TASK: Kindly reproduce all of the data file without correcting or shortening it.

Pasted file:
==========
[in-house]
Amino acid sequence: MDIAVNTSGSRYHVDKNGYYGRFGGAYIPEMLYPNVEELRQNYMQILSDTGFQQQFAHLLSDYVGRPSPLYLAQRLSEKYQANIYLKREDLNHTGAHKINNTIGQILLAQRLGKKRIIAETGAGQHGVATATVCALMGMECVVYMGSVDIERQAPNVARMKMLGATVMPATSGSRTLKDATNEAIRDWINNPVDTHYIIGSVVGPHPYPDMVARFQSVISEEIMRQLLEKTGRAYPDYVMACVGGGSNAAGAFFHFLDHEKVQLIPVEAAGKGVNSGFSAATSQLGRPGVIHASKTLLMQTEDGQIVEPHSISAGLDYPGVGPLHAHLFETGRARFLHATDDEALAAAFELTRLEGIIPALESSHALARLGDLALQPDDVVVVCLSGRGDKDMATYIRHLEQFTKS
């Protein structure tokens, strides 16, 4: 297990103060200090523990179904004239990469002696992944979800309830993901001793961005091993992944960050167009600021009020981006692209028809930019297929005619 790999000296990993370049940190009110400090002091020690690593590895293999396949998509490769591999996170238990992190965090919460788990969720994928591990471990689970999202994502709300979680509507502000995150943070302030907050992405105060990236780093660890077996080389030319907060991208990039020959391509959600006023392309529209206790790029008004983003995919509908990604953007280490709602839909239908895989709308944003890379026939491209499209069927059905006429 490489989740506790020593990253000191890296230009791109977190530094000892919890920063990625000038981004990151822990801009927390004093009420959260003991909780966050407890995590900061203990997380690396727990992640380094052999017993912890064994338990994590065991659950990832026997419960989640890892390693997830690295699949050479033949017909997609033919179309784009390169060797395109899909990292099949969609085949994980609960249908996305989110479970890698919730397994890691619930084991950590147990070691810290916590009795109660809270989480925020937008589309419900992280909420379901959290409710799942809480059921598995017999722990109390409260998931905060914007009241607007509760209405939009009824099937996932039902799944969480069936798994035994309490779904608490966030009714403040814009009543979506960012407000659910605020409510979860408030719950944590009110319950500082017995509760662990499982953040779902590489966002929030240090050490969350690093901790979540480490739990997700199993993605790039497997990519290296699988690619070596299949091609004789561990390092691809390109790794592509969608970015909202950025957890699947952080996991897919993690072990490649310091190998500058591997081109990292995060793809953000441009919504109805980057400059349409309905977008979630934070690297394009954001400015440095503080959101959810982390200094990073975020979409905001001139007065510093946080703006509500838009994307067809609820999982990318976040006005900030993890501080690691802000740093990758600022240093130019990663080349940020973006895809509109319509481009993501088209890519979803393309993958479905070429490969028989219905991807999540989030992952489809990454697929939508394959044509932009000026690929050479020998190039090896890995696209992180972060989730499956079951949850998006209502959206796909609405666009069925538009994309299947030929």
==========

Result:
[in-house]
Amino acid sequence: MDIAVNTSGSRYHVDKNGYYGRFGGAYIPEMLYPNVEELRQNYMQILSDTGFQQQFAHLLSDYVGRPSPLYLAQRLSEKYQANIYLKREDLNHTGAHKINNTIGQILLAQRLGKKRIIAETGAGQHGVATATVCALMGMECVVYMGSVDIERQAPNVARMKMLGATVMPATSGSRTLKDATNEAIRDWINNPVDTHYIIGSVVGPHPYPDMVARFQSVISEEIMRQLLEKTGRAYPDYVMACVGGGSNAAGAFFHFLDHEKVQLIPVEAAGKGVNSGFSAATSQLGRPGVIHASKTLLMQTEDGQIVEPHSISAGLDYPGVGPLHAHLFETGRARFLHATDDEALAAAFELTRLEGIIPALESSHALARLGDLALQPDDVVVVCLSGRGDKDMATYIRHLEQFTKS
């Protein structure tokens, strides 16, 4: 297990103060200090523990179904004239990469002696992944979800309830993901001793961005091993992944960050167009600021009020981006692209028809930019297929005619 790999000296990993370049940190009110400090002091020690690593590895293999396949998509490769591999996170238990992190965090919460788990969720994928591990471990689970999202994502709300979680509507502000995150943070302030907050992405105060990236780093660890077996080389030319907060991208990039020959391509959600006023392309529209206790790029008004983003995919509908990604953007280490709602839909239908895989709308944003890379026939491209499209069927059905006429 490489989740506790020593990253000191890296230009791109977190530094000892919890920063990625000038981004990151822990801009927390004093009420959260003991909780966050407890995590900061203990997380690396727990992640380094052999017993912890064994338990994590065991659950990832026997419960989640890892390693997830690295699949050479033949017909997609033919179309784009390169060797395109899909990292099949969609085949994980609960249908996305989110479970890698919730397994890691619930084991950590147990070691810290916590009795109660809270989480925020937008589309419900992280909420379901959290409710799942809480059921598995017999722990109390409260998931905060914007009241607007509760209405939009009824099937996932039902799944969480069936798994035994309490779904608490966030009714403040814009009543979506960012407000659910605020409510979860408030719950944590009110319950500082017995509760662990499982953040779902590489966002929030240090050490969350690093901790979540480490739990997700199993993605790039497997990519290296699988690619070596299949091609004789561990390092691809390109790794592509969608970015909202950025957890699947952080996991897919993690072990490649310091190998500058591997081109990292995060793809953000441009919504109805980057400059349409309905977008979630934070690297394009954001400015440095503080959101959810982390200094990073975020979409905001001139007065510093946080703006509500838009994307067809609820999982990318976040006005900030993890501080690691802000740093990758600022240093130019990663080349940020973006895809509109319509481009993501088209890519979803393309993958479905070429490969028989219905991807999540989030992952489809990454697929939508394959044509932009000026690929050479020998190039090896890995696209992180972060989730499956079951949850998006209502959206796909609405666009069925538009994309299947030929």